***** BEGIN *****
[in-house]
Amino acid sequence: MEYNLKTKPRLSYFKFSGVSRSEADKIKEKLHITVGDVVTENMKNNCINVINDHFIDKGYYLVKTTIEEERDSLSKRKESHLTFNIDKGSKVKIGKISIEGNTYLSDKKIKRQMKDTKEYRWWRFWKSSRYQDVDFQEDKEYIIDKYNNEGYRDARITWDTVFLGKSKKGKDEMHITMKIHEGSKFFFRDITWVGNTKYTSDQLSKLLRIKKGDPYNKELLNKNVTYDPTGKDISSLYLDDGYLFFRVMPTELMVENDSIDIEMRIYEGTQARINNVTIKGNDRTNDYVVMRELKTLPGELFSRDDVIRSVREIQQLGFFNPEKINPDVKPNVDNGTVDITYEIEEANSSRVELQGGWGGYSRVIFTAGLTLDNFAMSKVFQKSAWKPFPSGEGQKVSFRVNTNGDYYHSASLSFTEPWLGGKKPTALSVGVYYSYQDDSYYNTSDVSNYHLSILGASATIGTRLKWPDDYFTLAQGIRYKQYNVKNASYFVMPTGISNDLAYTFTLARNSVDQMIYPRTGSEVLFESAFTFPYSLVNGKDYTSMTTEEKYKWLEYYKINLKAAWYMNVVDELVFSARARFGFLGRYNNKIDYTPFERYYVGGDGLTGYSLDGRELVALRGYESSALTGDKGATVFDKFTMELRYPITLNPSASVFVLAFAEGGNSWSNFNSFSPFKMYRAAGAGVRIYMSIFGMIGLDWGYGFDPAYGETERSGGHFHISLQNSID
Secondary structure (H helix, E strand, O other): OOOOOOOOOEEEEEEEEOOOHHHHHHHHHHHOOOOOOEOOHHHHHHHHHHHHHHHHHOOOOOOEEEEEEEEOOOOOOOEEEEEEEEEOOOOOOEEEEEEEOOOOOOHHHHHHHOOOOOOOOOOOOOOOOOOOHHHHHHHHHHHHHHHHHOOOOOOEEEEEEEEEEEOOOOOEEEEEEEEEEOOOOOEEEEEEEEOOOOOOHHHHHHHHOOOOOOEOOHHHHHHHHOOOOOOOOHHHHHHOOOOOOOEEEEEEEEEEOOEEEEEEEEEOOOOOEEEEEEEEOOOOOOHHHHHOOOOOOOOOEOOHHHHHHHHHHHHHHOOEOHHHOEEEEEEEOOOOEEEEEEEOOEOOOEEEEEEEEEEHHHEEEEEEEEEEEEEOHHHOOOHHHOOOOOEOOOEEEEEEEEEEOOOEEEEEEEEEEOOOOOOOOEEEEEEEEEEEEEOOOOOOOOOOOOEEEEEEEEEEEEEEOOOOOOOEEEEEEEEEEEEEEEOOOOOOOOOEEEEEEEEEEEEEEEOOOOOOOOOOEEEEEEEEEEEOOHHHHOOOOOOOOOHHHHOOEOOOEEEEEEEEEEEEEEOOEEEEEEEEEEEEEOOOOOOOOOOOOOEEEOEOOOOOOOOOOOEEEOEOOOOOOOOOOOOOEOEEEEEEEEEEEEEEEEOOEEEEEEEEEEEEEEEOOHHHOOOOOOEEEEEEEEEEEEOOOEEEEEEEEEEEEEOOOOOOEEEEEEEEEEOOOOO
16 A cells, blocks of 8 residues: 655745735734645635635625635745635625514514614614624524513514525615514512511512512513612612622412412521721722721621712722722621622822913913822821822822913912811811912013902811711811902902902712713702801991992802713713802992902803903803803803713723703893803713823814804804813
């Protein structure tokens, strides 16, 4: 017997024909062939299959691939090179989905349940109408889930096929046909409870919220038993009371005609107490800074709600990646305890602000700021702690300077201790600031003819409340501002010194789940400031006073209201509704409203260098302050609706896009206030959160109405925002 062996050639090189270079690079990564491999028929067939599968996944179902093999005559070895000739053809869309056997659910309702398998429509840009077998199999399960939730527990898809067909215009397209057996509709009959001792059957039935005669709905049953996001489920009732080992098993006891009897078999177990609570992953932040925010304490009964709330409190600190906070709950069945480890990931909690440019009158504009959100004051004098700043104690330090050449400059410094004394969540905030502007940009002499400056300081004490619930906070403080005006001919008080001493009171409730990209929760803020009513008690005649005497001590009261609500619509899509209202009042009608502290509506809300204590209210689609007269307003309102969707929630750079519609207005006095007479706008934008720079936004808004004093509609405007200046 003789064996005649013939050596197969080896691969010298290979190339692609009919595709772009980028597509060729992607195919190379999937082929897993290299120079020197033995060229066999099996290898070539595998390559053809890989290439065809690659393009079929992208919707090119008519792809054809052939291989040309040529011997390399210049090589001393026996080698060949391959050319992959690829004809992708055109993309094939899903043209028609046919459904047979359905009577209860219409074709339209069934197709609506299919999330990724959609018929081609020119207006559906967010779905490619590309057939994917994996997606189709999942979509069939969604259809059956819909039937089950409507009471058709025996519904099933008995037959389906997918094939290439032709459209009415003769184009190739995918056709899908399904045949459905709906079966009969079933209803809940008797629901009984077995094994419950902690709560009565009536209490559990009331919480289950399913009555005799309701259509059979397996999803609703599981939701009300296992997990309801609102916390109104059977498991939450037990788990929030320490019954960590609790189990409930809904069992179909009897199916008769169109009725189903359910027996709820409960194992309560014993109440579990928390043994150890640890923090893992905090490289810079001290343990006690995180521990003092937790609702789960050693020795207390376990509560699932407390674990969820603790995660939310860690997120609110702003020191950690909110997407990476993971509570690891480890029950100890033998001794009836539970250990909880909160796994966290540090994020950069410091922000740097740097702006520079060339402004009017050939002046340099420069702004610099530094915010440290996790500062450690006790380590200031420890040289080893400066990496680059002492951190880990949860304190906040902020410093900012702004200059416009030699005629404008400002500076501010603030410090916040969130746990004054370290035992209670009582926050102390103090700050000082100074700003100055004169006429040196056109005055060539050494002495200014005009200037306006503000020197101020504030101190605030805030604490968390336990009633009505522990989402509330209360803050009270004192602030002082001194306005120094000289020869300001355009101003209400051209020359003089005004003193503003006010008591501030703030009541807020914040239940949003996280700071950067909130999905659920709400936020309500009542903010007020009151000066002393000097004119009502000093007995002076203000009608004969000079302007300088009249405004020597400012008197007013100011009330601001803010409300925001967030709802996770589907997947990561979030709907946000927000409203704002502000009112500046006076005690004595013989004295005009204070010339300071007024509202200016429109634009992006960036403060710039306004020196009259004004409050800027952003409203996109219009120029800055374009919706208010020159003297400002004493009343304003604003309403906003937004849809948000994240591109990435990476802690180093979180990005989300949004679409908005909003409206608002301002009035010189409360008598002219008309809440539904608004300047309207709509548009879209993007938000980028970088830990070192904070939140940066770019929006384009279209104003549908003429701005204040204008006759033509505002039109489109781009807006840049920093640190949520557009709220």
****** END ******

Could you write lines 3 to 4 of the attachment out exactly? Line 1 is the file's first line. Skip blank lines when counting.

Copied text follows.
Secondary structure (H helix, E strand, O other): OOOOOOOOOEEEEEEEEOOOHHHHHHHHHHHOOOOOOEOOHHHHHHHHHHHHHHHHHOOOOOOEEEEEEEEOOOOOOOEEEEEEEEEOOOOOOEEEEEEEOOOOOOHHHHHHHOOOOOOOOOOOOOOOOOOOHHHHHHHHHHHHHHHHHOOOOOOEEEEEEEEEEEOOOOOEEEEEEEEEEOOOOOEEEEEEEEOOOOOOHHHHHHHHOOOOOOEOOHHHHHHHHOOOOOOOOHHHHHHOOOOOOOEEEEEEEEEEOOEEEEEEEEEOOOOOEEEEEEEEOOOOOOHHHHHOOOOOOOOOEOOHHHHHHHHHHHHHHOOEOHHHOEEEEEEEOOOOEEEEEEEOOEOOOEEEEEEEEEEHHHEEEEEEEEEEEEEOHHHOOOHHHOOOOOEOOOEEEEEEEEEEOOOEEEEEEEEEEOOOOOOOOEEEEEEEEEEEEEOOOOOOOOOOOOEEEEEEEEEEEEEEOOOOOOOEEEEEEEEEEEEEEEOOOOOOOOOEEEEEEEEEEEEEEEOOOOOOOOOOEEEEEEEEEEEOOHHHHOOOOOOOOOHHHHOOEOOOEEEEEEEEEEEEEEOOEEEEEEEEEEEEEOOOOOOOOOOOOOEEEOEOOOOOOOOOOOEEEOEOOOOOOOOOOOOOEOEEEEEEEEEEEEEEEEOOEEEEEEEEEEEEEEEOOHHHOOOOOOEEEEEEEEEEEEOOOEEEEEEEEEEEEEOOOOOOEEEEEEEEEEOOOOO
16 A cells, blocks of 8 residues: 655745735734645635635625635745635625514514614614624524513514525615514512511512512513612612622412412521721722721621712722722621622822913913822821822822913912811811912013902811711811902902902712713702801991992802713713802992902803903803803803713723703893803713823814804804813